Well, shit, Peakie Fam. It looks as if the finale was all my fault.
Way back before The Return when I first joined the 25 Years Later team with my strange little performative writing column, I made a confession to Doctor Jacoby:
“I’ve never told anyone this, Doc, but every time I begin Twin Peaks again (I just finished my 7th go around) I keep hoping that the story will have changed while I’m away. Laura won’t be washed up on that beach. She’s free, she’s healing, and far away from all the people who hurt her. There’s only one other artwork that has inspired this same wish: Gregory Maguire’s Wicked. Every time I open that book I am convinced that the ending will have changed while I was away. Elphaba is living the dream with Fiyero, and they have lots of little green babies. But my wish never comes true. Every time I mourn the losses of these women anew.”
Not anymore, eh? I sobbed when Laura’s body disappeared off that beach. My forever wish that Laura would be saved actually came true. For a moment my heart was so full I thought I’d burst into flames.
But if I’d have known how empty, how hollowed out I’d feel at the reset story I might not have spent these decades focusing on it. Maybe I would have realized that I didn’t need Laura to be saved, it’s just something I desperately wanted for my own sense of redemption.
If I’d stopped to think where Laura’s changed story might leave all the other characters in the town I love so much, I would have just grieved her loss and moved forward. But I couldn’t. And I guess Lynch and Frost couldn’t either. So here we are.
Where exactly are we, though? I’m still not sure what is future and what is past. I am not sure whose dream this all was. For a while I thought it was mine; I was sure that I am the dreamer and I would wake from my epic Twin Peaks dreamscape to a world with only two seasons of my favorite show. While watching The Return I would often turn to my husband and ask, “Am I actually here? Am I real?”
This summer has been like slipping into a parallel universe of tulpas, quantum physics, Brechtian distanciation, with a hefty dose of past traumas coming to the surface just to complicate it all further.
And I have yet to be able to re-watch the finale. My brain and my heart still feel bruised and mushy. I need more time.
One of the most powerful Buddhist meditations I’ve practiced involves developing an understanding of the difference between needing and wanting. We too often think we need things that we actually want. And we want things that we don’t actually need. When we can recognize our actual needs and separate them from our wants, we are one step closer to enlightenment. When DoppelCoop said, “I don’t need. I want.” it was a poetic reversal of this Buddhist principle.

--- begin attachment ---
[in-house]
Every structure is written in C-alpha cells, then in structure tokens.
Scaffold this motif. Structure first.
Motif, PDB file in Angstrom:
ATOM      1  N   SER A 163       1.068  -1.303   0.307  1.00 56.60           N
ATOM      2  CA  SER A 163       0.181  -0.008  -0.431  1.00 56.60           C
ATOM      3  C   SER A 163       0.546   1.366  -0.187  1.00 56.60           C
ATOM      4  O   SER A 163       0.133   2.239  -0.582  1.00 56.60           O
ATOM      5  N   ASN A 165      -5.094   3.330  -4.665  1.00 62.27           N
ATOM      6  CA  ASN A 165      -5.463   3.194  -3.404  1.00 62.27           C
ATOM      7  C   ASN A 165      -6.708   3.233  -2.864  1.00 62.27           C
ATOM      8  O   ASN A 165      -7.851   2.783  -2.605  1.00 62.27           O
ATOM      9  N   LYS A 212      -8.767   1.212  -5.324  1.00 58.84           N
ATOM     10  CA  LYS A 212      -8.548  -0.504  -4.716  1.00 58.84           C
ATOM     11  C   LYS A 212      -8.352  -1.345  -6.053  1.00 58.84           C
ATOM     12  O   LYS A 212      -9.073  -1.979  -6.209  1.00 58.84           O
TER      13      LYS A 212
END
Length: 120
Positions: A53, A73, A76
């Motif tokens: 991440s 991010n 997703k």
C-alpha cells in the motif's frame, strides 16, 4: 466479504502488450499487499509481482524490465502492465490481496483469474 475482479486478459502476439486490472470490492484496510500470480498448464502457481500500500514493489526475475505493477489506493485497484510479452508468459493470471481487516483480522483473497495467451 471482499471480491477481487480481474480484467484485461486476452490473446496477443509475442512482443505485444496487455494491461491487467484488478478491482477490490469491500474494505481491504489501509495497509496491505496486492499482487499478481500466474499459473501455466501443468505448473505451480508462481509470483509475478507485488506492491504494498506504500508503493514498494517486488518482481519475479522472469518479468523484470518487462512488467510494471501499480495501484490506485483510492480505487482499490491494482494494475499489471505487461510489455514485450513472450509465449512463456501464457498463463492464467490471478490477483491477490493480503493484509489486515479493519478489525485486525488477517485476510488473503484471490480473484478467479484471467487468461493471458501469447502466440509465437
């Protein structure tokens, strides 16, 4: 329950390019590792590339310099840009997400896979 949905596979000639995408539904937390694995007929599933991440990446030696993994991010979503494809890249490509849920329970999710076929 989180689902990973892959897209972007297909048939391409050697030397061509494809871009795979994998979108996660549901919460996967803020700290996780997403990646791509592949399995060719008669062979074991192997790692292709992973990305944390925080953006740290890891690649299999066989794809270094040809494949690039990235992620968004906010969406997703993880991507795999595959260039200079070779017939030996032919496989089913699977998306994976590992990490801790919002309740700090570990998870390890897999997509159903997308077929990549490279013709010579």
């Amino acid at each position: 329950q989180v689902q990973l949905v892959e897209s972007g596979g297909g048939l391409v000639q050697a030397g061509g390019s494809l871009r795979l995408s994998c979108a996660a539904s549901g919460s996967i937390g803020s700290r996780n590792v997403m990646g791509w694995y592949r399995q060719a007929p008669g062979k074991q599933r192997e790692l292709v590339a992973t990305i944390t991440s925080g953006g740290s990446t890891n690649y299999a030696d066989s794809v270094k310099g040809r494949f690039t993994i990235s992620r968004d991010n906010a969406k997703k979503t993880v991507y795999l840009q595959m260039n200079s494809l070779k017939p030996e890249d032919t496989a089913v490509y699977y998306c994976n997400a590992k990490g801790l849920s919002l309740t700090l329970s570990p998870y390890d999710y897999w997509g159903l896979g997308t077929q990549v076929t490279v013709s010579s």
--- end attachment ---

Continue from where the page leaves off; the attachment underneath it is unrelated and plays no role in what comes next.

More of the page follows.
It wasn’t just DoppelCoop who wanted things he couldn’t have; Dale was the same. He wanted to save Laura, he didn’t need to.
And us. We all wanted more Twin Peaks. But did we need it in the end? Especially now that it has forever unsettled the first two seasons we knew and loved, some of us for decades? I am still mulling over this question.
Because answers to lingering questions was why I wanted more Twin Peaks. And here we are past season three and many of those decades-long questions still remain. How’s Annie? Where’s Audrey? What’s up with Sarah? Why Naido? Is Becky okay?
I feel like something beloved slipped away from me and I didn’t even realize what was happening until it was gone, like a turkey in the corn. My anchor disappeared into the depths and now I’m adrift at the mercy of turbulent waters.
As I write this Hurricane Irma barrels towards me. I’m watching the vortex move across my corner of the planet with horrified fascination, much like I did during The Return. I can’t help but see the swirling funnel of a storm system and think about the whatever it was that held Gordon in his thrall, and that ejected Naido into Jack Rabbit’s Palace, and sucked up so much else. If I end up on that other side of the rainbow, I hope I’ll find Agent Cooper so I can give him a good, clean slap upside the head. Boy, did he ever make a mess of things.
And in the future, I’m not going to spend decades wishing so hard for something I want instead of something I need. What an intense way to learn this particular lesson once and for all. Maybe ultimately that was the point.